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Employing Energy Management Planning to Achieve Net Zero Energy in Wastewater Operations

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This paper outlines how energy management planning can accomplish dual goals of energy self-sufficiency and optimum treatment processing, and how this provides robust performance and acceptable payback on investment, leading to net zero energy wastewater operations. The energy content of wastewater surpasses the energy required by treatment, reportedly be a factor of up to 10 times. Nevertheless, conventional activated sludge plants with advanced treatment consume typically 1,800 kWh/MG of electricity, but facilities vary from 1,000 to 3,000 kWh/MG. Energy efficiency studies conclude that the potential for energy use reductions through efficient pumps and aerators are on the order of 30 to 50 percent, which is a range of about 400 to 700 kWh/MG. For plants with anaerobic digestion, a rule-of-thumb for electrical production from biogasfueled generators is 500 kWh/MG. Supplementation of anaerobic digesters with high strength organic waste and fats, oils and grease is possible where utilities have excess digester capacity. The experience with supplementation is that facilities have increased biogas by a factor of two or three times pre-existing conditions, and are able to have a corresponding increases in electricity production, where generators have been adequately sized. When thermal heat can be returned for plant processes, overall plant efficiencies rise even higher. Energy planning studies have also shown that innovative technologies that build upon anaerobic processes reduce energy usage from typical values, and, further, energy plans have demonstrated some unexpected results, such as the economic and environmental justification of anaerobic digestion combined with thermal processing, such as dryers and incinerators. While local conditions, particularly energy pricing and government subsidies, likely shape the specific planning objectives and outcomes of any individual plant, the variety of energy efficiency and production technologies that are becoming proven can result in a similar endpoint, and specifically net zero energy wastewater treatment.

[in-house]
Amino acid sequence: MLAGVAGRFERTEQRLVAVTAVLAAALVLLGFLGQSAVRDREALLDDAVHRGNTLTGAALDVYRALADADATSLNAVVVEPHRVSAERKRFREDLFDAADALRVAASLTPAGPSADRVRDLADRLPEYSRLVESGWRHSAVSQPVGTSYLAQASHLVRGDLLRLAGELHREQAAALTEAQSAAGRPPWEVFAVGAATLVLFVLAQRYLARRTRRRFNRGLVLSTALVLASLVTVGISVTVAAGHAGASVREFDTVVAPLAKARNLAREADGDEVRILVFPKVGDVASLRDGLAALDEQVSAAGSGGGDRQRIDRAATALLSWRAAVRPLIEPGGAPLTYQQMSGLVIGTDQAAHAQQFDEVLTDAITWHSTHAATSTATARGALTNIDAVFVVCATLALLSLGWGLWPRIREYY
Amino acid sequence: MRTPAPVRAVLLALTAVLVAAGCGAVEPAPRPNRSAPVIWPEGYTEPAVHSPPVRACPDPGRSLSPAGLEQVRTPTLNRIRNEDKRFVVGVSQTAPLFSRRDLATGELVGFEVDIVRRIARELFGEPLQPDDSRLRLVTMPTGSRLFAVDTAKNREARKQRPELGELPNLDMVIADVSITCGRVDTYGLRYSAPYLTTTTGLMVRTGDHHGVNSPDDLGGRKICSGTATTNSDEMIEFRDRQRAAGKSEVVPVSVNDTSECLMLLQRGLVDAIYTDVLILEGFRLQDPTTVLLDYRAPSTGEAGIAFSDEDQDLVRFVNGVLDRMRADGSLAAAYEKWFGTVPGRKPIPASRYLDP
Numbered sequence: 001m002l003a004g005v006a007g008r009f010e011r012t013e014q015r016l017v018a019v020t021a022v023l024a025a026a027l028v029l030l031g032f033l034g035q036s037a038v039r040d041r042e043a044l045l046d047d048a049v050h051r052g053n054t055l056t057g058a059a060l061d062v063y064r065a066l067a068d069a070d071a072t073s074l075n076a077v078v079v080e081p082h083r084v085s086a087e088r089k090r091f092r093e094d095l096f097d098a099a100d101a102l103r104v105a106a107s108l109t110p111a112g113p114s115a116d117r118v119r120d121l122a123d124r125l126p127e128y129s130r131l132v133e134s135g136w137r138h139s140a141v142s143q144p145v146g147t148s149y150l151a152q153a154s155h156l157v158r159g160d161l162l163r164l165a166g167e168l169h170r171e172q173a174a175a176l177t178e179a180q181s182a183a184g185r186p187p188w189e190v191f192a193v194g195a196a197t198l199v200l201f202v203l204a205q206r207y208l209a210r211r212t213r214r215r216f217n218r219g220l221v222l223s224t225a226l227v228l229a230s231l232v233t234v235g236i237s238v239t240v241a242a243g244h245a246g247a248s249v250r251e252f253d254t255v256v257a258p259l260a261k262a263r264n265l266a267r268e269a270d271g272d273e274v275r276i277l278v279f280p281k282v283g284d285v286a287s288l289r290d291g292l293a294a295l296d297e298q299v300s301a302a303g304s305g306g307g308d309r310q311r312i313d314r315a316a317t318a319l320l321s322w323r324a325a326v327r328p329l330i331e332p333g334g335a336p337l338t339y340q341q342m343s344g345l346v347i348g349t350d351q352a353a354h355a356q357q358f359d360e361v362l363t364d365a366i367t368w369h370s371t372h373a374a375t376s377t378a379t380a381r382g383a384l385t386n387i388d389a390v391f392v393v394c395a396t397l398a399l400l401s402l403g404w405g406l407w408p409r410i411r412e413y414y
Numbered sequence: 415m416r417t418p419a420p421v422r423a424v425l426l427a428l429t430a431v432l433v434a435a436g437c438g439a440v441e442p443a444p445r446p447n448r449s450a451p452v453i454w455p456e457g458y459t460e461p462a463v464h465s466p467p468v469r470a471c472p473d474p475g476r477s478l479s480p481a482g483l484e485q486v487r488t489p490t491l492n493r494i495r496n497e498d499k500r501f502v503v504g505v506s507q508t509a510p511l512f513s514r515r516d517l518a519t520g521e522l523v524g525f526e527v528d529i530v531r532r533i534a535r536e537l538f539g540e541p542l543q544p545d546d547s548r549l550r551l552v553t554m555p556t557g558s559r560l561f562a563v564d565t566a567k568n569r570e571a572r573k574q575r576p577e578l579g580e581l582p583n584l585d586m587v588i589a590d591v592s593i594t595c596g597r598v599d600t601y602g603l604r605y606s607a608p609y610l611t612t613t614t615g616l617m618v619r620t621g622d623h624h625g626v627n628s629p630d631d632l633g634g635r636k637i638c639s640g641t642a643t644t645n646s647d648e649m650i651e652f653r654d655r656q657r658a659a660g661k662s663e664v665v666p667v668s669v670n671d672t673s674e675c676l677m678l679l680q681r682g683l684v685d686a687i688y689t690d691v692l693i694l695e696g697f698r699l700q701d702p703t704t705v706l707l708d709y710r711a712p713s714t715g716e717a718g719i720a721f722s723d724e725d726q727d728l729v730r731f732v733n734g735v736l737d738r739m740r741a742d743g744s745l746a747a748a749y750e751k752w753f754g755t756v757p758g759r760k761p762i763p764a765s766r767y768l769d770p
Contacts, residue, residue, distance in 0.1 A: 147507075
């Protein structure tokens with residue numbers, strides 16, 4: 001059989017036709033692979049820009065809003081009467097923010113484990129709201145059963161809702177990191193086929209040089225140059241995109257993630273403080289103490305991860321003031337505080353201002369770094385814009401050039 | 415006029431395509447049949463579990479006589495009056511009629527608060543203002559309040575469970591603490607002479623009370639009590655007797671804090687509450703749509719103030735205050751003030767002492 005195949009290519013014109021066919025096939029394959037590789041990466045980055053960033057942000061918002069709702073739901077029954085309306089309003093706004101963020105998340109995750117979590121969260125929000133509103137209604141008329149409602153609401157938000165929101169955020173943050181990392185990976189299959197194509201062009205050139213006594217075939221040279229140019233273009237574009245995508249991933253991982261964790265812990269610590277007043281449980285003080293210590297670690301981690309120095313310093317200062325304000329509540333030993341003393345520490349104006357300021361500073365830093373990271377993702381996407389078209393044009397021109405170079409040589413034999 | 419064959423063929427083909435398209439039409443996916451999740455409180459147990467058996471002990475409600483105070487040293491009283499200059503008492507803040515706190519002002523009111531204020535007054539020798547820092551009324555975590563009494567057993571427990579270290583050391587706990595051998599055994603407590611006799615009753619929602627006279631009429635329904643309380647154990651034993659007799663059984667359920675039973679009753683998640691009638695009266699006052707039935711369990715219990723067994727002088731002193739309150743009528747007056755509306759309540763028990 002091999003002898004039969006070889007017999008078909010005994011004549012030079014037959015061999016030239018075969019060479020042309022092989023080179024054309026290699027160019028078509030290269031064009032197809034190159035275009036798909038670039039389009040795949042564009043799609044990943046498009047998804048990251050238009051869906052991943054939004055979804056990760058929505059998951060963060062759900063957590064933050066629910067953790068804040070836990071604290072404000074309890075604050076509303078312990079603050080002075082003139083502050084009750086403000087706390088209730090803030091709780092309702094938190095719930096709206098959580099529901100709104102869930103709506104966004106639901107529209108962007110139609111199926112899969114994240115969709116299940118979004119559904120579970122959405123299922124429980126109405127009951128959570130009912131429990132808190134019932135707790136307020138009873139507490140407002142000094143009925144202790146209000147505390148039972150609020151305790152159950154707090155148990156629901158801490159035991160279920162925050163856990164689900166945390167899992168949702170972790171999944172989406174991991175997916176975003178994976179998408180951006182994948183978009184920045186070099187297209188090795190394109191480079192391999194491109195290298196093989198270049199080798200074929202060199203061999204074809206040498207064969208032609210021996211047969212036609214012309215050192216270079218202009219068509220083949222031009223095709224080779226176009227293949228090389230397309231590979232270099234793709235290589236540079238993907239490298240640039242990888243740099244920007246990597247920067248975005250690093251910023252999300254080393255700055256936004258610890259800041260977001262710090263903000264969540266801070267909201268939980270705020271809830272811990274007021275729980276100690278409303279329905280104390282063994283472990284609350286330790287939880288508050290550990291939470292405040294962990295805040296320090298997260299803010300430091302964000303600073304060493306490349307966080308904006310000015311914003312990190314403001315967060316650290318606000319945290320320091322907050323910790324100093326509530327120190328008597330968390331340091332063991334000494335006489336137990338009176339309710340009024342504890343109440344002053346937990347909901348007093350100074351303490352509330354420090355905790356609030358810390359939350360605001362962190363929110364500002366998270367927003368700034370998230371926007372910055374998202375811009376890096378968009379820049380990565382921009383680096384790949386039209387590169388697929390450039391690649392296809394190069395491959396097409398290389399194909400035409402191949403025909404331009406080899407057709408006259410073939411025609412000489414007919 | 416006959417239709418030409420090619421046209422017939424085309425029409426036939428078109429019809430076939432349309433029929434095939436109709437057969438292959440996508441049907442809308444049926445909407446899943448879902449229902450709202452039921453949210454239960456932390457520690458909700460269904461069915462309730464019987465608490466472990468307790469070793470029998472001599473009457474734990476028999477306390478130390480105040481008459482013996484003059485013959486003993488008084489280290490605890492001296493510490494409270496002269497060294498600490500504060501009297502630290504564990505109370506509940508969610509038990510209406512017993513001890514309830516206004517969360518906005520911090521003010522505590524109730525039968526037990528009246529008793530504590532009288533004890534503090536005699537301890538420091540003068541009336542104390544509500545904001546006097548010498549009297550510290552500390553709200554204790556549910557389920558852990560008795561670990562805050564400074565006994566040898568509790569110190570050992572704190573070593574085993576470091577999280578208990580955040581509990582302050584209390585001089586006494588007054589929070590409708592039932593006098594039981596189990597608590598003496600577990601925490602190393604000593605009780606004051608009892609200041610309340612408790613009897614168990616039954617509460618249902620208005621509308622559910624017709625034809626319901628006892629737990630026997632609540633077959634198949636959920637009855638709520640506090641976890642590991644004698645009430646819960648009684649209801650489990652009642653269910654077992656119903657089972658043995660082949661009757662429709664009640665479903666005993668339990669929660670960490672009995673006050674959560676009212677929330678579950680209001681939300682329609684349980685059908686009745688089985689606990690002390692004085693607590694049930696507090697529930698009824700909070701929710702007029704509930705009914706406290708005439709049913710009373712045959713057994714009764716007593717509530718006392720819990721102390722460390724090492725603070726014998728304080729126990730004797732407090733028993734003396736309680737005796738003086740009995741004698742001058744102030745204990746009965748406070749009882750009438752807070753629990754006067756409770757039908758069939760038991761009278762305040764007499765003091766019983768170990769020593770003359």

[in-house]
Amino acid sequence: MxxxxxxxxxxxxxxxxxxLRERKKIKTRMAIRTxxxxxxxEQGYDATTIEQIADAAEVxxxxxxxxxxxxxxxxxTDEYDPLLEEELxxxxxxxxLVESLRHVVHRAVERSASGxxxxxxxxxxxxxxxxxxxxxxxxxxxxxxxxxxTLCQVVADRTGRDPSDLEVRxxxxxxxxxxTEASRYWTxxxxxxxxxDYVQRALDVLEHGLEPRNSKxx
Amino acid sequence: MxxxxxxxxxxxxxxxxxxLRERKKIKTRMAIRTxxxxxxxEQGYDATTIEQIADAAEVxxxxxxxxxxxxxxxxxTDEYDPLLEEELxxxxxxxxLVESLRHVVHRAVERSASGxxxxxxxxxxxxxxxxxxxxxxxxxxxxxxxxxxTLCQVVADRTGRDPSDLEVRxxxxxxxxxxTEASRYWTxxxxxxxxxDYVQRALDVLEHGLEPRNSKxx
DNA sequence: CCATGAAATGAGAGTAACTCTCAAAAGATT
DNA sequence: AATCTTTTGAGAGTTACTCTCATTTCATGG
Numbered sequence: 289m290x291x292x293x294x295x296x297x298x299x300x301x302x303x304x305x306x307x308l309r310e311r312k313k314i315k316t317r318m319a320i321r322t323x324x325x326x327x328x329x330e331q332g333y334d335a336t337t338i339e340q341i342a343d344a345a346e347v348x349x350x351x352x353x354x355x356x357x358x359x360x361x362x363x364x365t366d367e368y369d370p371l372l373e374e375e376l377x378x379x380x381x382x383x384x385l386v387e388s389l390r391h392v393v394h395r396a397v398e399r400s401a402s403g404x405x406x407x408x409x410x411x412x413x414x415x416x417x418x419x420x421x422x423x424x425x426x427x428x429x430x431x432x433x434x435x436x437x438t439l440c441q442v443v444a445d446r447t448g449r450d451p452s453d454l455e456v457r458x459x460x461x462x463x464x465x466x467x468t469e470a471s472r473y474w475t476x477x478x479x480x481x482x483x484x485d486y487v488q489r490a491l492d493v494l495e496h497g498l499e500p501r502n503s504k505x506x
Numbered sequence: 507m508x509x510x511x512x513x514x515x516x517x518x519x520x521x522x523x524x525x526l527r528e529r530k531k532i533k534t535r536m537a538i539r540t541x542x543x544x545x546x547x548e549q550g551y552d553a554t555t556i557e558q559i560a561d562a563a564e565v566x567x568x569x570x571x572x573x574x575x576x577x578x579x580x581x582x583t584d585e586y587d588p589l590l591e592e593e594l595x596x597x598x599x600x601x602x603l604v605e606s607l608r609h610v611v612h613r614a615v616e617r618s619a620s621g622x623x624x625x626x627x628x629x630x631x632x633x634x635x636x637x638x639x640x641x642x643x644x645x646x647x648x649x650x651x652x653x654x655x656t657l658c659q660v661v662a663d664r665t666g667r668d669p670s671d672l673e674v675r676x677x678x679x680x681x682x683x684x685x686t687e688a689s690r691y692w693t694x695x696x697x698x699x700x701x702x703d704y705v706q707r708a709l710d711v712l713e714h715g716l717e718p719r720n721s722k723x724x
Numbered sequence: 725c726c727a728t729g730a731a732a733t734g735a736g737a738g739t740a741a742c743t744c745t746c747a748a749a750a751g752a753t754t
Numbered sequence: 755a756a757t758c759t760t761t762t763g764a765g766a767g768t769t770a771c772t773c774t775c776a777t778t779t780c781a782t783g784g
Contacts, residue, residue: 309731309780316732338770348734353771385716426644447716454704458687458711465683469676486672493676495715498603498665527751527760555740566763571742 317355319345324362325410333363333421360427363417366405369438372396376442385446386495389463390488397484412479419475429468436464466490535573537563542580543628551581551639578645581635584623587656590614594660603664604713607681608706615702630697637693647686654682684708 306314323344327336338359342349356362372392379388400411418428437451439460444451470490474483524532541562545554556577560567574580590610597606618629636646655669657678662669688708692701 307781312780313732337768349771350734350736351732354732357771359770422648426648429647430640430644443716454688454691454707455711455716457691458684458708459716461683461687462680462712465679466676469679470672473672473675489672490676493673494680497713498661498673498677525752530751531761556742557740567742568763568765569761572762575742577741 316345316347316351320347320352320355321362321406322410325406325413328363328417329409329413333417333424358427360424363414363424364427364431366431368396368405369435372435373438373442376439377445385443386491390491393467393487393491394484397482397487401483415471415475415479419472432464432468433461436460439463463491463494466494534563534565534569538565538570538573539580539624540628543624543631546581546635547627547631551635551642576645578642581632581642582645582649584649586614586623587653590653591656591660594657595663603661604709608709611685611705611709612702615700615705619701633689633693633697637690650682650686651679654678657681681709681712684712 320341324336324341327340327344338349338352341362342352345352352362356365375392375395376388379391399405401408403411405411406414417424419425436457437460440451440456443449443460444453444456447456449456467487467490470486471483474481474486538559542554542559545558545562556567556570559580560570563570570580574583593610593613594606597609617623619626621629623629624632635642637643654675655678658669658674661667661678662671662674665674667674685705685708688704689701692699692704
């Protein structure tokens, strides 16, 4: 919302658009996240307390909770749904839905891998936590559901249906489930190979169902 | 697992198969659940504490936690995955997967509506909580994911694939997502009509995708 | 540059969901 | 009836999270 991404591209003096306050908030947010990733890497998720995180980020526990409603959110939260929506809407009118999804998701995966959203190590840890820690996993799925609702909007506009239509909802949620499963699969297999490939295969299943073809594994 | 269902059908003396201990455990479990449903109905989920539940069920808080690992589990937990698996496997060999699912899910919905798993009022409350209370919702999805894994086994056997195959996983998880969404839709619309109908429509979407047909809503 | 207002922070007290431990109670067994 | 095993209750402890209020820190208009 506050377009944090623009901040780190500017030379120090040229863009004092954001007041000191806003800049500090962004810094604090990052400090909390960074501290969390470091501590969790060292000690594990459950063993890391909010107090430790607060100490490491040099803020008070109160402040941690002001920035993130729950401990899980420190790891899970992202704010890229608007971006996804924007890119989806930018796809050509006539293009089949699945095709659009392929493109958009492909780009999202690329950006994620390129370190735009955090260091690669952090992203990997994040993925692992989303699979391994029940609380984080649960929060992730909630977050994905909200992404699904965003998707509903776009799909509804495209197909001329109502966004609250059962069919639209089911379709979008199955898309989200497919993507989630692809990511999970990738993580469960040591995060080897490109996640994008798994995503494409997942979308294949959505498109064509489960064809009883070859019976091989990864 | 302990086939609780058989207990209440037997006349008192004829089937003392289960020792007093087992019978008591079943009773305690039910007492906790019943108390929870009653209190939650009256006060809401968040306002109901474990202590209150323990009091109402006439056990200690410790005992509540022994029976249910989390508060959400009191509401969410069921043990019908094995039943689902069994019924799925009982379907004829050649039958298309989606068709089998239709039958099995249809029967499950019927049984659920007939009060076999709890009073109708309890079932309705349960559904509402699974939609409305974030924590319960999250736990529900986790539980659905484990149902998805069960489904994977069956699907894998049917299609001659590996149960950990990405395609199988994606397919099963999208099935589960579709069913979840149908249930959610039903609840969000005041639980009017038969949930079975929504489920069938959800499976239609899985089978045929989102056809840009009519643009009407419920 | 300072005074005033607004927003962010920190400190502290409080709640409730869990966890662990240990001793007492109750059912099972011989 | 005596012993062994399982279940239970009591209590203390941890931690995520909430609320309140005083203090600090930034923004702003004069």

Keywords: CHP; FOG; Net Zero Energy; alternative energy; biogas; co-digestion; energy efficiency; planning; supplementation

Document Type: Research Article


Publication date: January 1, 2010

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  • Proceedings of the Water Environment Federation is an archive of papers published in the proceedings of the annual Water Environment Federation® Technical Exhibition and Conference (WEFTEC® ) and specialty conferences held since the year 2000. These proceedings are not peer reviewed.

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